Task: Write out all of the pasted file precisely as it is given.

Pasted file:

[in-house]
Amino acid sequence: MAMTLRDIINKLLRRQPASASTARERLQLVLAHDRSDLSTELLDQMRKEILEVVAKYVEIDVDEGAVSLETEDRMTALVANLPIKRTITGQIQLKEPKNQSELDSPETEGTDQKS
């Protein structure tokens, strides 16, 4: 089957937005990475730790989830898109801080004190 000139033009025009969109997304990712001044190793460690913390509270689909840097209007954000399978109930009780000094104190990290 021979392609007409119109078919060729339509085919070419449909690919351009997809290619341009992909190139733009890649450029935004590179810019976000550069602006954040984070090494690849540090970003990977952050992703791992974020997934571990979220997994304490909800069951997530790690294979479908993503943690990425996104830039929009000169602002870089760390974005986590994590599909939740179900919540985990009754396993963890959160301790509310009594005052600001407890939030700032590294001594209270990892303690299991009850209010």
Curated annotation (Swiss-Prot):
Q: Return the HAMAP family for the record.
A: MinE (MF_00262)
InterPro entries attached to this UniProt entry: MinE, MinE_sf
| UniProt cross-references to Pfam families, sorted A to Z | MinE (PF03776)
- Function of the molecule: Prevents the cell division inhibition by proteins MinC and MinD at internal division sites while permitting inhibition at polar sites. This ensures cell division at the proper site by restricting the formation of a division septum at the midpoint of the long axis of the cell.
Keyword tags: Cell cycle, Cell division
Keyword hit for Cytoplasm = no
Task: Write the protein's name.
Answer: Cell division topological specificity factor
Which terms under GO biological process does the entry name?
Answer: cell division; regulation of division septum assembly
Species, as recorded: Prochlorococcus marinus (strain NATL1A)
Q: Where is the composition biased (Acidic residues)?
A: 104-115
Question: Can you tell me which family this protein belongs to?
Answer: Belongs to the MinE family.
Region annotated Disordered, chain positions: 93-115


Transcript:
[in-house]
Amino acid sequence: MAMTLRDIINKLLRRQPASASTARERLQLVLAHDRSDLSTELLDQMRKEILEVVAKYVEIDVDEGAVSLETEDRMTALVANLPIKRTITGQIQLKEPKNQSELDSPETEGTDQKS
């Protein structure tokens, strides 16, 4: 089957937005990475730790989830898109801080004190 000139033009025009969109997304990712001044190793460690913390509270689909840097209007954000399978109930009780000094104190990290 021979392609007409119109078919060729339509085919070419449909690919351009997809290619341009992909190139733009890649450029935004590179810019976000550069602006954040984070090494690849540090970003990977952050992703791992974020997934571990979220997994304490909800069951997530790690294979479908993503943690990425996104830039929009000169602002870089760390974005986590994590599909939740179900919540985990009754396993963890959160301790509310009594005052600001407890939030700032590294001594209270990892303690299991009850209010």
Curated annotation (Swiss-Prot):
Q: Return the HAMAP family for the record.
A: MinE (MF_00262)
InterPro entries attached to this UniProt entry: MinE, MinE_sf
| UniProt cross-references to Pfam families, sorted A to Z | MinE (PF03776)
- Function of the molecule: Prevents the cell division inhibition by proteins MinC and MinD at internal division sites while permitting inhibition at polar sites. This ensures cell division at the proper site by restricting the formation of a division septum at the midpoint of the long axis of the cell.
Keyword tags: Cell cycle, Cell division
Keyword hit for Cytoplasm = no
Task: Write the protein's name.
Answer: Cell division topological specificity factor
Which terms under GO biological process does the entry name?
Answer: cell division; regulation of division septum assembly
Species, as recorded: Prochlorococcus marinus (strain NATL1A)
Q: Where is the composition biased (Acidic residues)?
A: 104-115
Question: Can you tell me which family this protein belongs to?
Answer: Belongs to the MinE family.
Region annotated Disordered, chain positions: 93-115